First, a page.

Johnson, who died on Thursday at the age of 67, wrote the rarest of books—one that is loved both by high schoolers and the adults they become. Jesus’ Son, which was published in 1992, is a series of linked short stories about the exploits of a junkie named Fuckhead and other addicts. These are stories about drug and alcohol abuse, violence, the growing rot at the center of rural American life, and ultimately redemption. It’s a surreal and haunting book, but also a very funny one; as Jonathan Franzen once wrote, “The god I want to believe in has a voice and sense of humor like Denis Johnson’s.” Johnson’s authorial voice in Jesus’ Son was both omniscient and fully tuned to the strange beating humanity of his characters—a sort of thousand-yard stare that didn’t miss a detail.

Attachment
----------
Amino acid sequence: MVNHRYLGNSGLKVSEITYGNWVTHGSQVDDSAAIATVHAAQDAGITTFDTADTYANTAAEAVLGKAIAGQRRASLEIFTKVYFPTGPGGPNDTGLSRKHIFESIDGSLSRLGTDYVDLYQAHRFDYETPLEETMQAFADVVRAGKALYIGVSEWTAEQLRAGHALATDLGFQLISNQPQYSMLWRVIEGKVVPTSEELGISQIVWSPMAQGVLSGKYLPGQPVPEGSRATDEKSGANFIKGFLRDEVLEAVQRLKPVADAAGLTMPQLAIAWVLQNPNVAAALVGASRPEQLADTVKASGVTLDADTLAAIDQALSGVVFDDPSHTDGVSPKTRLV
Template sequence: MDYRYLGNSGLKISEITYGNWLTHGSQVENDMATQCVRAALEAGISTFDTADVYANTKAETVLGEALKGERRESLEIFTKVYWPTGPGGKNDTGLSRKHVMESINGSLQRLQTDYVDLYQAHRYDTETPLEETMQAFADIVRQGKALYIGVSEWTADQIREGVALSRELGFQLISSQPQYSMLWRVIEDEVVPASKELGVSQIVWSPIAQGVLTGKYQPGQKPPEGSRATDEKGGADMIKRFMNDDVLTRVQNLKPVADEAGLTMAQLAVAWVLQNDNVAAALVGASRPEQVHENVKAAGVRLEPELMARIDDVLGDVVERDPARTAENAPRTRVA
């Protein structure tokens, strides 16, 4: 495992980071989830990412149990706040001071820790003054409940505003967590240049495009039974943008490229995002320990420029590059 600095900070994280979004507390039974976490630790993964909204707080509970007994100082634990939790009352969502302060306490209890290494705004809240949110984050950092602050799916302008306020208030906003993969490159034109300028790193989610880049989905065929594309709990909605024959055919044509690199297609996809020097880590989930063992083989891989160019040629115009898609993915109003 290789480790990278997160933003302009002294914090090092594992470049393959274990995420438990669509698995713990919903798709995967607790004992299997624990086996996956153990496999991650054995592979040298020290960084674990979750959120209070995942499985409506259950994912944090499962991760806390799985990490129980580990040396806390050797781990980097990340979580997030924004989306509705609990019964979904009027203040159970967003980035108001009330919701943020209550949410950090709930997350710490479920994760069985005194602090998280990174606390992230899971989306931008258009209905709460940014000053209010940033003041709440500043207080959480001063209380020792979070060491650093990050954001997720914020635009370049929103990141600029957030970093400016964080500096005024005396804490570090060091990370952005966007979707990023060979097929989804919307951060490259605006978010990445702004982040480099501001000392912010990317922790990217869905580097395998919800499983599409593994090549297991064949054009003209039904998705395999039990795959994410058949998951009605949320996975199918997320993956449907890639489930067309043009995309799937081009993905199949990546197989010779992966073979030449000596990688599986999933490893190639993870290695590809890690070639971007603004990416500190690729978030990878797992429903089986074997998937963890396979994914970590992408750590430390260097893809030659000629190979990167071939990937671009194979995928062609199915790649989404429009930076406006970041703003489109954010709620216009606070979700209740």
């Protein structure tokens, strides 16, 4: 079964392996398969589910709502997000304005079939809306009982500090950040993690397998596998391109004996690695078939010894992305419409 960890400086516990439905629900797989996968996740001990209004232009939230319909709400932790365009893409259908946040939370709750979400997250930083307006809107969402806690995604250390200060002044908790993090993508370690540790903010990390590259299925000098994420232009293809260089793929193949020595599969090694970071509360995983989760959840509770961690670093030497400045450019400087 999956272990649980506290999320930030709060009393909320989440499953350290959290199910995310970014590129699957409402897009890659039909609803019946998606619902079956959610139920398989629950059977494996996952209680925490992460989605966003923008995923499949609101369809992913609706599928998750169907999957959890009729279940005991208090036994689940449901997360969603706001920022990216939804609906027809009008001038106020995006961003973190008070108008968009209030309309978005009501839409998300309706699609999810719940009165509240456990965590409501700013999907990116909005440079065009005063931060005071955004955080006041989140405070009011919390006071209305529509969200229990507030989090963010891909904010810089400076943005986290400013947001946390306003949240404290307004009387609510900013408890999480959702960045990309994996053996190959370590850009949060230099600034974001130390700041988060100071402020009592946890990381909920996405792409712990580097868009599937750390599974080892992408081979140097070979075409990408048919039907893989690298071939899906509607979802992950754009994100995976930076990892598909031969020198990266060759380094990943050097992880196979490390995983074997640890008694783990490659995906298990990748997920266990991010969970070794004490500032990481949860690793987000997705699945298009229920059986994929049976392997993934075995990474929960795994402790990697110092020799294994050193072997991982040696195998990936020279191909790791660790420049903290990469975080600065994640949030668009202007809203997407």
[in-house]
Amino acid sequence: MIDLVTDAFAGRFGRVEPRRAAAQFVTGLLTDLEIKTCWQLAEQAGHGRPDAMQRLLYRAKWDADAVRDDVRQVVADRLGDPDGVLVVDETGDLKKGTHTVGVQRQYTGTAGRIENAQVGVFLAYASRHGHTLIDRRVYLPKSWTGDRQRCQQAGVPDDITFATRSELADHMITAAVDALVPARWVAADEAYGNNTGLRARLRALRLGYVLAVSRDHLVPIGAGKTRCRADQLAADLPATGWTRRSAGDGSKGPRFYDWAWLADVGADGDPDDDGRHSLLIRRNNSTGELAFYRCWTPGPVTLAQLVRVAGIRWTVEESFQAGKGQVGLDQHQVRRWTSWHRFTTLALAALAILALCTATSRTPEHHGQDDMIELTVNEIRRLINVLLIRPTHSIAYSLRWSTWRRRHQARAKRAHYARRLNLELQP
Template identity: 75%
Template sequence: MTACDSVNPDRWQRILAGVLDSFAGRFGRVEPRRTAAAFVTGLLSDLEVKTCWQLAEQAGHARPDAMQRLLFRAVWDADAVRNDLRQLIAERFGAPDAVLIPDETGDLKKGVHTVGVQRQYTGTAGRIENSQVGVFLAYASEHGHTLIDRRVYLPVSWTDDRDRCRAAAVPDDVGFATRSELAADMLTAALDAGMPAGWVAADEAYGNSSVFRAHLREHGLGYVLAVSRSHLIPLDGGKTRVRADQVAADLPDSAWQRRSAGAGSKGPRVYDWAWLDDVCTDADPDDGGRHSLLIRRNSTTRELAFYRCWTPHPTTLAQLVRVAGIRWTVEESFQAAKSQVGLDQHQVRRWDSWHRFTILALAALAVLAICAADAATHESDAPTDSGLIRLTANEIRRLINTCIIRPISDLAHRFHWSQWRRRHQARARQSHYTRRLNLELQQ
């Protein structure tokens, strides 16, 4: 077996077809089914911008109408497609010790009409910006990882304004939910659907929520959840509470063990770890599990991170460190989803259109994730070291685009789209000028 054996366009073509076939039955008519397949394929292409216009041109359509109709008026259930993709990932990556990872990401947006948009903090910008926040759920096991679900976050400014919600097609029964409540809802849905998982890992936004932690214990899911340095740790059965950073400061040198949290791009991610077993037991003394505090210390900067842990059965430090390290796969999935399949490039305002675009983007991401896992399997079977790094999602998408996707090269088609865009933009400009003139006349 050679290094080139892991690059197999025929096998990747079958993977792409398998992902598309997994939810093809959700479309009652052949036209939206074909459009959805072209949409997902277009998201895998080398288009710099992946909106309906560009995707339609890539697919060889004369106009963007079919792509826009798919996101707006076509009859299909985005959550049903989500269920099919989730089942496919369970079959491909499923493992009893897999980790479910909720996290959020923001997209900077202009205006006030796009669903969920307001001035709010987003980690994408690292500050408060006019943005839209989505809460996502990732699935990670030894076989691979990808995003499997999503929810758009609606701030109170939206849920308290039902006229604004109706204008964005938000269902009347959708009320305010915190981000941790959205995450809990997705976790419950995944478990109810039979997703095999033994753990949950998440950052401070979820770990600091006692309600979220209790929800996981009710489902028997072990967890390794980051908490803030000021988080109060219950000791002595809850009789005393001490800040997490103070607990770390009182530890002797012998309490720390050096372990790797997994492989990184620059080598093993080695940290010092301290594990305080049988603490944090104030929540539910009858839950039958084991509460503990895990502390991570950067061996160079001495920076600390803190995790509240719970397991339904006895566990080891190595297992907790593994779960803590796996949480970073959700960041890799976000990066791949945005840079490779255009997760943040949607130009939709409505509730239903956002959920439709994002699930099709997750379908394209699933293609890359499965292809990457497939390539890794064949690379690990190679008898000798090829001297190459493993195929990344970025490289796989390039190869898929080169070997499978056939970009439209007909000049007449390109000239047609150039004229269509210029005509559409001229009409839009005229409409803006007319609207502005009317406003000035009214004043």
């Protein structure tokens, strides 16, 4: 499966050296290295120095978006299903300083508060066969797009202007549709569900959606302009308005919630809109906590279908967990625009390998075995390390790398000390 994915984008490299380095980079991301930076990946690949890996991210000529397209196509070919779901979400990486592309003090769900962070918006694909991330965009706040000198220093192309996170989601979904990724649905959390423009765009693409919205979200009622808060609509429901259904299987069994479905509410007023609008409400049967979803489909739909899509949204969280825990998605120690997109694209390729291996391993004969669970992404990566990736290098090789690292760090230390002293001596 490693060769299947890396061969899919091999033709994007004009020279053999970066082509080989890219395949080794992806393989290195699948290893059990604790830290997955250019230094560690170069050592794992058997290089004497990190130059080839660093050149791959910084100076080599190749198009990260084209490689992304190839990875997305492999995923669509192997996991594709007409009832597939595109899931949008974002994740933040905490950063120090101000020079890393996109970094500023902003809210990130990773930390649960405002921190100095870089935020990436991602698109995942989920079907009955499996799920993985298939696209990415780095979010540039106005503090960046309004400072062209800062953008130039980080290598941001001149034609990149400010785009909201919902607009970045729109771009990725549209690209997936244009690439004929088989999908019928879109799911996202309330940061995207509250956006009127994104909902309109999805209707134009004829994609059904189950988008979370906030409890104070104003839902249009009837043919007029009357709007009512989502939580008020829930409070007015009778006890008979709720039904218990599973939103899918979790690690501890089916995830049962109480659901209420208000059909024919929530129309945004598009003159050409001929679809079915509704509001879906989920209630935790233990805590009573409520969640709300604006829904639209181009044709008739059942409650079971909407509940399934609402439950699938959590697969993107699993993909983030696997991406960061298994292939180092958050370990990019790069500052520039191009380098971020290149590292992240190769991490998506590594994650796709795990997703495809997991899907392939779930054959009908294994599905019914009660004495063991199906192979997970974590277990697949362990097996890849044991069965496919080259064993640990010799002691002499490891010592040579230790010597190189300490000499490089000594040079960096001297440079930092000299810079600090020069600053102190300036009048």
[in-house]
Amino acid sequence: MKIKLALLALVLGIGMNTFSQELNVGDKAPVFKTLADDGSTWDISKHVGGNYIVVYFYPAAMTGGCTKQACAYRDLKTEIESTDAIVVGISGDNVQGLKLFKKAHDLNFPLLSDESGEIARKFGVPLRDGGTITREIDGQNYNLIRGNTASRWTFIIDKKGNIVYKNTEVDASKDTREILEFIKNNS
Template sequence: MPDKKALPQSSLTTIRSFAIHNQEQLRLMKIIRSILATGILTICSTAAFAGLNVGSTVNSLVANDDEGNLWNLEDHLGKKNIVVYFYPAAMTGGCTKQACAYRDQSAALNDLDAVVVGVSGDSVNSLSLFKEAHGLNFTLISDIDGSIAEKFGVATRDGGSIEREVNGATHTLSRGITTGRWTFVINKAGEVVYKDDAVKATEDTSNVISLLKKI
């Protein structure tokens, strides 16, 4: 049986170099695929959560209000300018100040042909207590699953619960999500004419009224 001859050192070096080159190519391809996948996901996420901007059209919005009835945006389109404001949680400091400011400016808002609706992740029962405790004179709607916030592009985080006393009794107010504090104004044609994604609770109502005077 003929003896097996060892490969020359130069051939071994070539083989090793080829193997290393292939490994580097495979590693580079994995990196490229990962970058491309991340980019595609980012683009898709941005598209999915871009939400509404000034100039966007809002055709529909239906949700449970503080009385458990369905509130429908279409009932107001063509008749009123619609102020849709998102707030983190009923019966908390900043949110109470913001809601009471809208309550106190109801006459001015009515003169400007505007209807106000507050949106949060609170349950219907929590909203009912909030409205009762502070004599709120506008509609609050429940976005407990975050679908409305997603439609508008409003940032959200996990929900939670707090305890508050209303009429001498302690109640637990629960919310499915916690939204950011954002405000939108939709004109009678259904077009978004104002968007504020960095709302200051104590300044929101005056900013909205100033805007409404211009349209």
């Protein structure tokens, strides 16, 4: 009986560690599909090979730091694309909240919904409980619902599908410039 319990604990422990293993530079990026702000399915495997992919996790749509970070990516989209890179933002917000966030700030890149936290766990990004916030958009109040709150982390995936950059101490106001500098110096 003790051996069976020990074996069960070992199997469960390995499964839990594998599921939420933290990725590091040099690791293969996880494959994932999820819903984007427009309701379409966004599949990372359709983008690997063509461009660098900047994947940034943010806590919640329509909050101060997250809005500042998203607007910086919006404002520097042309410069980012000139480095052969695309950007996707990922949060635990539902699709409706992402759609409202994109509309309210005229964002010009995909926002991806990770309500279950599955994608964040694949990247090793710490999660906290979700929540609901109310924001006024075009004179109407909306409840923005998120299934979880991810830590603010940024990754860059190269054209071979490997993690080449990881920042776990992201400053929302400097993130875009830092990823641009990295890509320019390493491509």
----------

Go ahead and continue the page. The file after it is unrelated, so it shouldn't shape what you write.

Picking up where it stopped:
Johnson shared some traits with Kerouac and Bukowski, but he never romanticized or sentimentalized—or at least not without a measure of mischief. He also kept developing his voice, pushing it into new terrain. Jesus’ Son will no doubt loom over Johnson’s legacy, but he was a more than accomplished poet, novelist, and nonfiction writer. (Seek, his collection of journalism, is as weird and good as nonfiction writing gets.) He’s written not one but two books that can vie for the best work of fiction in the 21st century—Tree of Smoke, an epic novel about the Vietnam War that may actually be his finest piece of writing, and Train Dreams, a twisted novella about an orphan growing up in the American West that somehow manages to be epic. Johnson’s influence also extends well beyond the page—he taught at the Iowa Writers’ Workshop for a number of years.